Wersja do druku

Watering down the pension reform in Russia


On 29 August, Vladimir Putin gave a televised address in which he presented a rationale for implementing the reform raising the retirement age, which has proved unpopular among Russian society. Putin pointed out that he had been against such reforms for many years in view of the socio-economic instability they might cause. Today, however, the situation in Russia finally allows changes to be implemented: life expectancy has increased by about 8 years, and inflation & unemployment have both fallen. Putin justified the need to raise the retirement age by referring to negative demographic trends (the decline in birth rates, the decline in the percentage of the working-age population), which in the long run threaten to overwhelm the pension system, as well as economic and financial problems (the pension fund’s annual deficit would rise from the current 3.3 trillion roubles, i.e. about US$50 billion, to 5 trillion roubles, i.e. about US$75 billion, in 2024).

At the same time, Putin proposed solutions to alleviate the severity of the rise in the retirement age: pensions are to be raised annually by 1000 roubles (from the current 14,000 roubles, i.e. $200, to 20,000 roubles, i.e. US$300, in 2024); the retirement age of women is to be raised by 5 years, not 8 as originally proposed (thus from 55 to 60); a 5-year pre-retirement protection period (during which a person cannot be dismissed); the proposed minimum period of employment qualifying the worker for early retirement is to be reduced by 3 years, to 37 years for women, and 42 for men; and finally, regional benefits for pensioners (such as free public transport, discounts in municipal fees, discounts for medicine, etc.) are to be retained during the entire transitional period.



  • President Putin’s adoption of a direct stance on the controversial pension reform had been long awaited, the more so as the government had already come into collision with its negative social consequences; public protests, ongoing since June, as well as a drop in poll ratings for Putin (of up to 15 percentage points), the prime minister and the government. Putin decided to speak out and announce a relaxation of the reforms before the upcoming (9 September) regional and local elections, as well as the nationwide protests (announced on the same day) organised by opposition leader Aleksei Navalny’s structures (he himself was put under preventive arrest).
  • President Putin did not retort to his (hitherto frequently used) tactic of blaming an unpopular reform on the government and dismissing individual officials. In a spirit of ‘controlled sincerity’, Putin appealed to the citizens, taking responsibility for the reform upon himself. He expressed his understanding of the public’s concerns, while presenting a catastrophic vision of alternative scenarios. His narrative can be summed up as an offer to the citizens of the following choice: either the authorities implement this necessary reform now, in exchange for increases in pensions and other benefits; or after a few years, ‘you and your children’ will face social collapse.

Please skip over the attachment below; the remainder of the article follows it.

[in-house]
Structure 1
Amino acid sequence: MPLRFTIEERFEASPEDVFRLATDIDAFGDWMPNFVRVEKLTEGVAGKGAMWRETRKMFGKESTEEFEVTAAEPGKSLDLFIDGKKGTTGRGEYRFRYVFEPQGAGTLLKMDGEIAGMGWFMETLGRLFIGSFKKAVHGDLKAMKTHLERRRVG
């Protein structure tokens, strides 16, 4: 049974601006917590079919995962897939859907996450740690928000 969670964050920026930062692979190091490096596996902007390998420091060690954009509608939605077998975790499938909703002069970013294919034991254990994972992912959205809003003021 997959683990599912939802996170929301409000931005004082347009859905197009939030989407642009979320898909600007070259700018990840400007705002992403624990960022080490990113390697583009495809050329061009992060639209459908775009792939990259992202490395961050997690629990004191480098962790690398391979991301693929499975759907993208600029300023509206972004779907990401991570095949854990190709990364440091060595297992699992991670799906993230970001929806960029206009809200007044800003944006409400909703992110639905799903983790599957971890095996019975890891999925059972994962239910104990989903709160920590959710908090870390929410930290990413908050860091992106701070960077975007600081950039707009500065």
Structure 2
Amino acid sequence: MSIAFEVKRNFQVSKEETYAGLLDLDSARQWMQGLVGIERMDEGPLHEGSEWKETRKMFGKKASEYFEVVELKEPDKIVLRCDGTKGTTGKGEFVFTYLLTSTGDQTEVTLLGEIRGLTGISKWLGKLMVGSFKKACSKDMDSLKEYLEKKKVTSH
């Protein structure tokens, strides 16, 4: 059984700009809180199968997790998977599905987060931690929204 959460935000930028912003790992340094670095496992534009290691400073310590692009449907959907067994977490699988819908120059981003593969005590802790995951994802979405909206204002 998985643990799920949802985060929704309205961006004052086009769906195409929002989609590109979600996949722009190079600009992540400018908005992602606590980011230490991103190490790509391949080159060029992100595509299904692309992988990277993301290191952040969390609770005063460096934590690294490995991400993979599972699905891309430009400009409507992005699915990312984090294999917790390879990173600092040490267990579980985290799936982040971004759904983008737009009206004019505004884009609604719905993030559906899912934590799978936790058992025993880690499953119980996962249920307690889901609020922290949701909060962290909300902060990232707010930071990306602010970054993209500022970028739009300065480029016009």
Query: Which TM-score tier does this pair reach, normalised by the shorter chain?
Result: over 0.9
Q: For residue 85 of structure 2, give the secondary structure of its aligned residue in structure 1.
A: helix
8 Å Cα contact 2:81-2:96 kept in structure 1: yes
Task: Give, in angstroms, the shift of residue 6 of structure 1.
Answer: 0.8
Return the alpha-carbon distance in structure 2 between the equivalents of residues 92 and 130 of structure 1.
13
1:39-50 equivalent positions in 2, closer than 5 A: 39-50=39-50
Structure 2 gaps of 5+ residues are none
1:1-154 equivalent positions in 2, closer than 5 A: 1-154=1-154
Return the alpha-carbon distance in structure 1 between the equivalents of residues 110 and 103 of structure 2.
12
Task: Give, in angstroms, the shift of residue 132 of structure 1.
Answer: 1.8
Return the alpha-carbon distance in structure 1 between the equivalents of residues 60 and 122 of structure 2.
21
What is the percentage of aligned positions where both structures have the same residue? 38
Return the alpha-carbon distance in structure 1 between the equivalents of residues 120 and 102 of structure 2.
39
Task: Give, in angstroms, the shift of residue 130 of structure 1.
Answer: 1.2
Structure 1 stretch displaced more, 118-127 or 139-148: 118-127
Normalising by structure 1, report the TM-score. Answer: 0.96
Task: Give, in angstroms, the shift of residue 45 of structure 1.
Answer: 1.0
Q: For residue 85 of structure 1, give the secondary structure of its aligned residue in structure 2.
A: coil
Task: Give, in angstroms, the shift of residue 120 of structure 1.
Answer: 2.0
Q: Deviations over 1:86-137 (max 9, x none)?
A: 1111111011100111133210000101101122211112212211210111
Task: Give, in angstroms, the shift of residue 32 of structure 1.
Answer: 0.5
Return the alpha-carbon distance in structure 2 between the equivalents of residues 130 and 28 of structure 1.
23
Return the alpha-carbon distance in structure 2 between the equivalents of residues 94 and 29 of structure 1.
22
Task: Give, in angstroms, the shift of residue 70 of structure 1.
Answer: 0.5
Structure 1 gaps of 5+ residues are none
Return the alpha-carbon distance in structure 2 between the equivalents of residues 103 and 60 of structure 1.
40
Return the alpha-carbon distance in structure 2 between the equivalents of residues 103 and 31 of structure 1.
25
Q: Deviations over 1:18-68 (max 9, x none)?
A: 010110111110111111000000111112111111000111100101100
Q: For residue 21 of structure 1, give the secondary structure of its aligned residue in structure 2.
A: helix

• The watering-down of the pension reform will not resolve the problem of growing pauperisation, which particularly affects pensioners, who bear the highest cost of rising prices for food and medicine. In addition, after the changes take effect, pensioners will only be able to supplement their low pensions with additional (usually low-paid) employment after a further five years. Nor is it clear whether the Kremlin’s concessions will stop the fall in support for the government. They may reduce public willingness to participate in protests against the rise in the retirement age, though. Opinion polls carried out by the Levada Centre on 3 September (before Putin’s statement) indicated that 53% express a willingness to take part in protests, compared to 37% in July. In turn, according to polls by the state-run VTsIOM carried out after the change was announced, the percentage of people ready to protest had fallen from 38% in July to 31% today. In Russian conditions, while declarations of readiness to participate in protests reveal the level of social frustration, they do not overlap with the (significantly smaller) scale of actual participation in the demonstrations. This will soon be verified, however, as the wave of protests may peak during the period of further work on the reform project (the second reading of the bill has been announced for the end of September).